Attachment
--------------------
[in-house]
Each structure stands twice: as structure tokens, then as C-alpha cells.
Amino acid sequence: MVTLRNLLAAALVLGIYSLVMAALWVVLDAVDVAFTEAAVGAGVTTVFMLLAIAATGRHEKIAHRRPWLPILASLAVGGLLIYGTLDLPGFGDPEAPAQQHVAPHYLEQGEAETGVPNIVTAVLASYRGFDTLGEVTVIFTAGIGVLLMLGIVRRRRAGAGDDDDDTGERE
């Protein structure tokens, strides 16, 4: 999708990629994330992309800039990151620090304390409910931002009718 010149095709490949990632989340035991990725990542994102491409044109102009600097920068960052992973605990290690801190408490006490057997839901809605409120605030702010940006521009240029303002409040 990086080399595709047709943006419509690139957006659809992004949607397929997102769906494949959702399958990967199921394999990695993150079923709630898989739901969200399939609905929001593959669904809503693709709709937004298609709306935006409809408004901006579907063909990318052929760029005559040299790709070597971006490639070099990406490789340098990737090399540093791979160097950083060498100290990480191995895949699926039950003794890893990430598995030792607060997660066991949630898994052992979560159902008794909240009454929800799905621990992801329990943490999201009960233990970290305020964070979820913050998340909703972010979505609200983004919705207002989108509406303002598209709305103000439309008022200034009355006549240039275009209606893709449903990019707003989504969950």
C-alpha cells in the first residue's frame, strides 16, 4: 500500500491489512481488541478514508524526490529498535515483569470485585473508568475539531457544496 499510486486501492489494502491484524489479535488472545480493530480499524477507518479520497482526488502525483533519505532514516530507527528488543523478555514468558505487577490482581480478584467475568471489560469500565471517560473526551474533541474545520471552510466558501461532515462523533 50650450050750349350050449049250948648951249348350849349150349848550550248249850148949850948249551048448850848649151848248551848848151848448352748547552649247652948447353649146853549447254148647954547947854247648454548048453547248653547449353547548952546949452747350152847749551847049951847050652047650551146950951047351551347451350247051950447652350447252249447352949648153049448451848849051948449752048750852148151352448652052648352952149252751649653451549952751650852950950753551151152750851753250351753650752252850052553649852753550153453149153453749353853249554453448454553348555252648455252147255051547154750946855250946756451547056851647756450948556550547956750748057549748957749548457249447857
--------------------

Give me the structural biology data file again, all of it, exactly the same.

[in-house]
Each structure stands twice: as structure tokens, then as C-alpha cells.
Amino acid sequence: MVTLRNLLAAALVLGIYSLVMAALWVVLDAVDVAFTEAAVGAGVTTVFMLLAIAATGRHEKIAHRRPWLPILASLAVGGLLIYGTLDLPGFGDPEAPAQQHVAPHYLEQGEAETGVPNIVTAVLASYRGFDTLGEVTVIFTAGIGVLLMLGIVRRRRAGAGDDDDDTGERE
């Protein structure tokens, strides 16, 4: 999708990629994330992309800039990151620090304390409910931002009718 010149095709490949990632989340035991990725990542994102491409044109102009600097920068960052992973605990290690801190408490006490057997839901809605409120605030702010940006521009240029303002409040 990086080399595709047709943006419509690139957006659809992004949607397929997102769906494949959702399958990967199921394999990695993150079923709630898989739901969200399939609905929001593959669904809503693709709709937004298609709306935006409809408004901006579907063909990318052929760029005559040299790709070597971006490639070099990406490789340098990737090399540093791979160097950083060498100290990480191995895949699926039950003794890893990430598995030792607060997660066991949630898994052992979560159902008794909240009454929800799905621990992801329990943490999201009960233990970290305020964070979820913050998340909703972010979505609200983004919705207002989108509406303002598209709305103000439309008022200034009355006549240039275009209606893709449903990019707003989504969950």
C-alpha cells in the first residue's frame, strides 16, 4: 500500500491489512481488541478514508524526490529498535515483569470485585473508568475539531457544496 499510486486501492489494502491484524489479535488472545480493530480499524477507518479520497482526488502525483533519505532514516530507527528488543523478555514468558505487577490482581480478584467475568471489560469500565471517560473526551474533541474545520471552510466558501461532515462523533 50650450050750349350050449049250948648951249348350849349150349848550550248249850148949850948249551048448850848649151848248551848848151848448352748547552649247652948447353649146853549447254148647954547947854247648454548048453547248653547449353547548952546949452747350152847749551847049951847050652047650551146950951047351551347451350247051950447652350447252249447352949648153049448451848849051948449752048750852148151352448652052648352952149252751649653451549952751650852950950753551151152750851753250351753650752252850052553649852753550153453149153453749353853249554453448454553348555252648455252147255051547154750946855250946756451547056851647756450948556550547956750748057549748957749548457249447857